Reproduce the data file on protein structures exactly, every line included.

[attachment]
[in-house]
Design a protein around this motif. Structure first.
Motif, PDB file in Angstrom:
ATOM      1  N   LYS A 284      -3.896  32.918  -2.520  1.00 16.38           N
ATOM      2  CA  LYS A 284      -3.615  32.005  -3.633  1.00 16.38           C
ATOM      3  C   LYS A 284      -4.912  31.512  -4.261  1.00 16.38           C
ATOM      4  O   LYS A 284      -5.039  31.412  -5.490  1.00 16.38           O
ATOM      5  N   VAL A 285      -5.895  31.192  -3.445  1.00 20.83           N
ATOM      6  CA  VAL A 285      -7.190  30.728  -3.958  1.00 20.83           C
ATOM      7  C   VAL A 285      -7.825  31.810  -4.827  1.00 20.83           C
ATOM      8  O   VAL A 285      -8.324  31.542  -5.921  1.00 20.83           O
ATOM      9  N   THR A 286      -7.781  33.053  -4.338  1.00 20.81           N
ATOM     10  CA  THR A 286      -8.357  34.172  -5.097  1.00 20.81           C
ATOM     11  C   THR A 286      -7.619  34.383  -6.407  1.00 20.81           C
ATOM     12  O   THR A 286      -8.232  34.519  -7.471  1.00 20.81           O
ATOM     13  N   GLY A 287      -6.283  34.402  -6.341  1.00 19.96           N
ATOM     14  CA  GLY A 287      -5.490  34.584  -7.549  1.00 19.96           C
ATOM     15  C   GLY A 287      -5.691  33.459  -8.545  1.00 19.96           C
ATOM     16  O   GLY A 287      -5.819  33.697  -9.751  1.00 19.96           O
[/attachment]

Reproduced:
[in-house]
Design a protein around this motif. Structure first.
Motif, PDB file in Angstrom:
ATOM      1  N   LYS A 284      -3.896  32.918  -2.520  1.00 16.38           N
ATOM      2  CA  LYS A 284      -3.615  32.005  -3.633  1.00 16.38           C
ATOM      3  C   LYS A 284      -4.912  31.512  -4.261  1.00 16.38           C
ATOM      4  O   LYS A 284      -5.039  31.412  -5.490  1.00 16.38           O
ATOM      5  N   VAL A 285      -5.895  31.192  -3.445  1.00 20.83           N
ATOM      6  CA  VAL A 285      -7.190  30.728  -3.958  1.00 20.83           C
ATOM      7  C   VAL A 285      -7.825  31.810  -4.827  1.00 20.83           C
ATOM      8  O   VAL A 285      -8.324  31.542  -5.921  1.00 20.83           O
ATOM      9  N   THR A 286      -7.781  33.053  -4.338  1.00 20.81           N
ATOM     10  CA  THR A 286      -8.357  34.172  -5.097  1.00 20.81           C
ATOM     11  C   THR A 286      -7.619  34.383  -6.407  1.00 20.81           C
ATOM     12  O   THR A 286      -8.232  34.519  -7.471  1.00 20.81           O
ATOM     13  N   GLY A 287      -6.283  34.402  -6.341  1.00 19.96           N
ATOM     14  CA  GLY A 287      -5.490  34.584  -7.549  1.00 19.96           C
ATOM     15  C   GLY A 287      -5.691  33.459  -8.545  1.00 19.96           C
ATOM     16  O   GLY A 287      -5.819  33.697  -9.751  1.00 19.96           O